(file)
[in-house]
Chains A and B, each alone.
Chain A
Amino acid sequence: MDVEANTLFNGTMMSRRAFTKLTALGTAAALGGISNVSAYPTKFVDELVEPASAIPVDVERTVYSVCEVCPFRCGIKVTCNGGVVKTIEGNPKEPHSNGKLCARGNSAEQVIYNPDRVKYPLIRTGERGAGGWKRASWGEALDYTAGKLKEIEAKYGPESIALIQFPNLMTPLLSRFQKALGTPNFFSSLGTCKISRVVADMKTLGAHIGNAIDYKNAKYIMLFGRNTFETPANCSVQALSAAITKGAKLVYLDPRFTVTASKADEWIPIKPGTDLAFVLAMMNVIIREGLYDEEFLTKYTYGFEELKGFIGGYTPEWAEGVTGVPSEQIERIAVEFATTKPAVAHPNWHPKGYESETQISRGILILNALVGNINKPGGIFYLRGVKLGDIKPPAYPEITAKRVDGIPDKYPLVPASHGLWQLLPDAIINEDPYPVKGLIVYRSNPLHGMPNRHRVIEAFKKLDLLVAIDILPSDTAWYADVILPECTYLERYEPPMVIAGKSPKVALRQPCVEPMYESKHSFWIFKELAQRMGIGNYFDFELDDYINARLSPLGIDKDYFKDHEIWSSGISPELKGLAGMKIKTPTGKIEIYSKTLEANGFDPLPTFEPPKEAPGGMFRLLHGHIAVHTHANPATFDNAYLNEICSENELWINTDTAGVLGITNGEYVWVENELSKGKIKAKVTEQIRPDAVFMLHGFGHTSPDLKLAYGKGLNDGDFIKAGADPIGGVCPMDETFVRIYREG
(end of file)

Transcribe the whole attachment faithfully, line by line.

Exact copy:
[in-house]
Chains A and B, each alone.
Chain A
Amino acid sequence: MDVEANTLFNGTMMSRRAFTKLTALGTAAALGGISNVSAYPTKFVDELVEPASAIPVDVERTVYSVCEVCPFRCGIKVTCNGGVVKTIEGNPKEPHSNGKLCARGNSAEQVIYNPDRVKYPLIRTGERGAGGWKRASWGEALDYTAGKLKEIEAKYGPESIALIQFPNLMTPLLSRFQKALGTPNFFSSLGTCKISRVVADMKTLGAHIGNAIDYKNAKYIMLFGRNTFETPANCSVQALSAAITKGAKLVYLDPRFTVTASKADEWIPIKPGTDLAFVLAMMNVIIREGLYDEEFLTKYTYGFEELKGFIGGYTPEWAEGVTGVPSEQIERIAVEFATTKPAVAHPNWHPKGYESETQISRGILILNALVGNINKPGGIFYLRGVKLGDIKPPAYPEITAKRVDGIPDKYPLVPASHGLWQLLPDAIINEDPYPVKGLIVYRSNPLHGMPNRHRVIEAFKKLDLLVAIDILPSDTAWYADVILPECTYLERYEPPMVIAGKSPKVALRQPCVEPMYESKHSFWIFKELAQRMGIGNYFDFELDDYINARLSPLGIDKDYFKDHEIWSSGISPELKGLAGMKIKTPTGKIEIYSKTLEANGFDPLPTFEPPKEAPGGMFRLLHGHIAVHTHANPATFDNAYLNEICSENELWINTDTAGVLGITNGEYVWVENELSKGKIKAKVTEQIRPDAVFMLHGFGHTSPDLKLAYGKGLNDGDFIKAGADPIGGVCPMDETFVRIYREG